Key evidence suggests that as hospital systems in the US reach a crisis point – involving the transition to value-based purchasing and tying Medicare and Medicaid dollars to performance – quality of care must improve. In many ways hospital employees have become the most important piece of the puzzle to improve efficiency, lower costs and improve outcomes. Disengaged employees in the US who turnover, for example, are estimated to cost as much as $11 billion annually due to lost productivity and poor results. As hospital leadership faces a new domain of uncertainty and demands, and must use innovative technologies to better understand and improve engagement and performance of employees, two gamers think they have the answer: real-time evaluation, fun gaming interaction and a culture of positive reinforcement. The team at AMPT Health is gambling that their new SaaS solution will revolutionize performance evaluation. In the words of CEO Clint Carlos, “AMPT’s mission is to enrich the lives of patients by keeping health care workers happy and productive.” And they believe they can.
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An Unmet Need
As the Obama Administration is learning through implementation efforts of the Affordable Care Act, quantifying productivity, efficiency and satisfaction in a hospital setting is exceptionally difficult. Although the importance of doing so is validated by research indicating the contentment and commitment one feels for one’s work is directly related to the effort invested in fulfilling one’s duties.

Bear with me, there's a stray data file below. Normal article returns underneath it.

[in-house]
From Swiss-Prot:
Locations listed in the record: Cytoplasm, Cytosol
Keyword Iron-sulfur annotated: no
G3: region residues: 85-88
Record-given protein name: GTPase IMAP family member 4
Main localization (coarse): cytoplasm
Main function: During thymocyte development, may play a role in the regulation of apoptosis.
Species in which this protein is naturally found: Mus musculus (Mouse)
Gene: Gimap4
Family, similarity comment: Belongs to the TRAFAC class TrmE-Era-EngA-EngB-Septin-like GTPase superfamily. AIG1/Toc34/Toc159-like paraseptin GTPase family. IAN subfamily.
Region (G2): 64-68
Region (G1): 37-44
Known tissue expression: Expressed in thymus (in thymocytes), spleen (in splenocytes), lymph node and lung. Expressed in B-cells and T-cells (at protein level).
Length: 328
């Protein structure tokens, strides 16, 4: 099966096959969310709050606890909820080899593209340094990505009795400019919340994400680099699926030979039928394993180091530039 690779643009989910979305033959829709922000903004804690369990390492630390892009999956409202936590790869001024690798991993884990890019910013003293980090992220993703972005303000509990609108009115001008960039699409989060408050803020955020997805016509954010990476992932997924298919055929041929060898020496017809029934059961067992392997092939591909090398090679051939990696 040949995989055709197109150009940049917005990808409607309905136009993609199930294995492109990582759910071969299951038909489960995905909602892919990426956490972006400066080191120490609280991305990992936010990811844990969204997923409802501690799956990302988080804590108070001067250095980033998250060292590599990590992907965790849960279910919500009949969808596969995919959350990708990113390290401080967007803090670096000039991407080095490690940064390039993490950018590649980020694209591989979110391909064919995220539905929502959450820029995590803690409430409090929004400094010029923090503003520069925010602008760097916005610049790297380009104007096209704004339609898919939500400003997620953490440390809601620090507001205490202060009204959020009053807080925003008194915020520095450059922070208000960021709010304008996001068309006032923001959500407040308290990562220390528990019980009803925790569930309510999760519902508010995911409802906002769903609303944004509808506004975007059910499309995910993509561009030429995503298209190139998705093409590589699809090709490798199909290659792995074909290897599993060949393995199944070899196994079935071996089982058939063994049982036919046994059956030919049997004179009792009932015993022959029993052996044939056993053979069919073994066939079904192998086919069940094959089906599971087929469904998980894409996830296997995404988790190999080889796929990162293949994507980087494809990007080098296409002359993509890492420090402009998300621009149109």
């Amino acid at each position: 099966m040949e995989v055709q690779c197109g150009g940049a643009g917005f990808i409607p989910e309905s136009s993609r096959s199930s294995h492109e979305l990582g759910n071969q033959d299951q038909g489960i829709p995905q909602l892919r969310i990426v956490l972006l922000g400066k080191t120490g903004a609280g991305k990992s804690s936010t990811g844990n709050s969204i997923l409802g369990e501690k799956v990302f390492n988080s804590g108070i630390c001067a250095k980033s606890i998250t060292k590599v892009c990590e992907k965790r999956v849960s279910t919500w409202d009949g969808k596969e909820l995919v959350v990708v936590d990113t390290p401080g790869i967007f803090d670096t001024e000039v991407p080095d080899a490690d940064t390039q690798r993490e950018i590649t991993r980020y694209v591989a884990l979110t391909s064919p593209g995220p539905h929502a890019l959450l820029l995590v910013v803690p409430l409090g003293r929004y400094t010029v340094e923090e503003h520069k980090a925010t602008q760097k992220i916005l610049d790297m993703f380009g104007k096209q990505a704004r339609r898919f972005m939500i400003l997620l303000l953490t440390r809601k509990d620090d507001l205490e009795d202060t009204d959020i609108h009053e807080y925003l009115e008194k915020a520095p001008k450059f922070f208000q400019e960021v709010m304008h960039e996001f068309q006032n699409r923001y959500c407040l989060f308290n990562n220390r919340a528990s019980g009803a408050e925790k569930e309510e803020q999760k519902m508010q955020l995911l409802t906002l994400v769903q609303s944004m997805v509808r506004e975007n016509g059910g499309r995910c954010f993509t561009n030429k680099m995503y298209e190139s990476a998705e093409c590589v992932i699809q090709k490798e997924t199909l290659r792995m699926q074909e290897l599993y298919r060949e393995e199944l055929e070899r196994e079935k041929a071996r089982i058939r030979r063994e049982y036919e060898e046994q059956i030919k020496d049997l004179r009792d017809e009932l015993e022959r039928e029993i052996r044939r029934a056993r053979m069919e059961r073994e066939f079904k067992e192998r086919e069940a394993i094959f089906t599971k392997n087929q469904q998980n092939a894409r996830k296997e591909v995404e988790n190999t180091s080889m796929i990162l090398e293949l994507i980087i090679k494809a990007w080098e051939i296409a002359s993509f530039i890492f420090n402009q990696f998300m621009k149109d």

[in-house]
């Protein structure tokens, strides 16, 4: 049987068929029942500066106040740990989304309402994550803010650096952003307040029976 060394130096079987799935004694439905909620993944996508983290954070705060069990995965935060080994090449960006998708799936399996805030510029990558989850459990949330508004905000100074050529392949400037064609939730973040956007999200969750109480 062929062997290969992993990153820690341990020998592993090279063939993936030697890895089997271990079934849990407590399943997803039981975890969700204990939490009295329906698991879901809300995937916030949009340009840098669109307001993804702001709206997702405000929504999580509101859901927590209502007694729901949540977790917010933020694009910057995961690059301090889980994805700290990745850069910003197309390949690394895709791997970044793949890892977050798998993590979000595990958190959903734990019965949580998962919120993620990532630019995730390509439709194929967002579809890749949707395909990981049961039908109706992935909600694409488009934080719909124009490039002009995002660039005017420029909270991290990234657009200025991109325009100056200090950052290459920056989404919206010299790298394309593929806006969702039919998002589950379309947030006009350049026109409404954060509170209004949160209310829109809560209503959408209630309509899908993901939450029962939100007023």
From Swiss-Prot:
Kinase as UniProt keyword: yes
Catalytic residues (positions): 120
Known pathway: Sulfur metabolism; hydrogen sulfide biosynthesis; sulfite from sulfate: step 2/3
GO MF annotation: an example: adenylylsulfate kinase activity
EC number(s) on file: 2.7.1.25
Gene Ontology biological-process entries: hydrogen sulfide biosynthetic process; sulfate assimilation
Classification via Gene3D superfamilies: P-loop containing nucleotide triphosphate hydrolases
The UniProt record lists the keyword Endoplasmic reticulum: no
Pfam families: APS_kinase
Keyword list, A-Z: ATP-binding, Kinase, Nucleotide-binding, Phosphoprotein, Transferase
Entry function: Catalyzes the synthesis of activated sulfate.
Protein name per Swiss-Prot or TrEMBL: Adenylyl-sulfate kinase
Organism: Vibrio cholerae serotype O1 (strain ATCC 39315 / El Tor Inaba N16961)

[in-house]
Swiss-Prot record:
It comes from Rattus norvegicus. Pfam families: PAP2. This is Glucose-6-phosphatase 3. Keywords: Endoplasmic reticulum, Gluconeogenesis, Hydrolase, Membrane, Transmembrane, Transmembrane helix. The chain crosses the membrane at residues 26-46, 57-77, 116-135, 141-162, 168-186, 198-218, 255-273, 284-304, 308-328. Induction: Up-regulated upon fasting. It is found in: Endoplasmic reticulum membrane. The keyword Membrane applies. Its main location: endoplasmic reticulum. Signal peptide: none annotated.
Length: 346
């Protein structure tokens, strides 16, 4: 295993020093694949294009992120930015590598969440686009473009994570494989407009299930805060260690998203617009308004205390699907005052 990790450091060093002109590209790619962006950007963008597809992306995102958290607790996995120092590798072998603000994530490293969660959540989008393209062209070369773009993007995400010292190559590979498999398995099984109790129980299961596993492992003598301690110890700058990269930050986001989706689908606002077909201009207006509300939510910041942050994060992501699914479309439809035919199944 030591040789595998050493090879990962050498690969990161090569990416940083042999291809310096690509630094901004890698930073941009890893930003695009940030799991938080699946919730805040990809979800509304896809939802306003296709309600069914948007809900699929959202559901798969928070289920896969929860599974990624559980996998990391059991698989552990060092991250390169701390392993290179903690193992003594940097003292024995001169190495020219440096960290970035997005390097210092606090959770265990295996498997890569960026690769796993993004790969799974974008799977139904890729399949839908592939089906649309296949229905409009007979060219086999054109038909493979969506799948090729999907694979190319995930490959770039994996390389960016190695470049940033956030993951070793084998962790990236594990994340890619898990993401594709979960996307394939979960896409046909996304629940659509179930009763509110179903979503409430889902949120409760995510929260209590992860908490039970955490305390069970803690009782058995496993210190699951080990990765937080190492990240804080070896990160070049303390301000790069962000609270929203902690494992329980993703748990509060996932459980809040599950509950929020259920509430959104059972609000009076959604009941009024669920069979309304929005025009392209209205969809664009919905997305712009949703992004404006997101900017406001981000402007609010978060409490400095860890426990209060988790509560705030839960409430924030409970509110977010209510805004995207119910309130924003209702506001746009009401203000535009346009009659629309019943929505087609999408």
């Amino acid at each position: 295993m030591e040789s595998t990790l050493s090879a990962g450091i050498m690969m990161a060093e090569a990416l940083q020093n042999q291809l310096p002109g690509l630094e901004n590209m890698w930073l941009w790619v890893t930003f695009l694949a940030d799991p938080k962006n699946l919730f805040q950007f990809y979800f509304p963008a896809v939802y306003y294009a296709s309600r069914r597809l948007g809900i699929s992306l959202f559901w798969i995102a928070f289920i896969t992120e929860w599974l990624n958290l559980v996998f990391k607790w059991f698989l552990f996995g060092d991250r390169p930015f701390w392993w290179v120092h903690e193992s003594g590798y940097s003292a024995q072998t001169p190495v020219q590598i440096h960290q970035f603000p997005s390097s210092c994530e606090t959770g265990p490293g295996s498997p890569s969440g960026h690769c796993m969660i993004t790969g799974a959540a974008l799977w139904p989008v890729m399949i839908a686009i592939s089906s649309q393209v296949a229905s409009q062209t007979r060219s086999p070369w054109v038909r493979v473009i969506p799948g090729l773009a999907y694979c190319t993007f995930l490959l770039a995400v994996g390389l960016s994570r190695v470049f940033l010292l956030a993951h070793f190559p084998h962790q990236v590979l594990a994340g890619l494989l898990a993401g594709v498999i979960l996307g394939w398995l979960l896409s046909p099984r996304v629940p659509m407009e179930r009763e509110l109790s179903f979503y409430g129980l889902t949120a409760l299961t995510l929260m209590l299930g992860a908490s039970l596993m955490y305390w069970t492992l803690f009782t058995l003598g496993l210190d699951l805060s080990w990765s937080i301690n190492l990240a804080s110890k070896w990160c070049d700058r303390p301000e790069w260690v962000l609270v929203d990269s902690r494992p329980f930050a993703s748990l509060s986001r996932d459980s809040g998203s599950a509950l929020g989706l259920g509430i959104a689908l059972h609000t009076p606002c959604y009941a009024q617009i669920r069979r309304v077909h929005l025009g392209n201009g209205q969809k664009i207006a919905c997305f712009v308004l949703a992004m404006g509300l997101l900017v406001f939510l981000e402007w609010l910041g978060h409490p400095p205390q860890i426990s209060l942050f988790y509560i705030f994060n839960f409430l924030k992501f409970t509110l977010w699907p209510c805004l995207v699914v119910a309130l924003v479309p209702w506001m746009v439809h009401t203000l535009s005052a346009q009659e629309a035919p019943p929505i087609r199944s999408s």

Gallup argues that talent maximization for productivity within a company can be calculated as simply as:
Per-Person Productivity = Talent x (Relationship + Right Expectation + Recognition/Reward)
Reiterating that strategies such as positive reinforcement and trust building within an organization increase individual-level performance, which in a hospital translate directly to patient health outcomes.
The need for near real time performance evaluation exposes a significant void within current health care practices and technology. Presently, these evaluation systems fail to deliver timely feedback on the high and low performers within a system, usually giving only aggregated data with little granularity on actual nursing and physician performance.
Given that work performance is inherently a reflection of an employee’s competencies, efficiencies, cultural buy-in, accountability and personal habits, these key metrics need to be monitored on a frequent basis. The key items to be better understood and assessed are employee happiness, engagement and productivity. Further, these metrics should be collected using data directly from the employees – individuals and peers – via user-friendly platforms.
The ACA Drives Financial Fears
Hospitals are under financial constraints that challenge every previous strategic plan. Greater productivity, efficiency and safety are required; all while reimbursements and budgets are decreasing without an end in site. Moreover, the ACA has introduced a series of new penalties associated with patient length of stay, readmissions and potentially avoidable admissions that make growing hospital revenue difficult and physicians accountable in unprecedented ways. In the hospital setting, disengaged employees are more dangerous to patients, which in turn, could increase the likelihood of unnecessary length of stay and readmissions.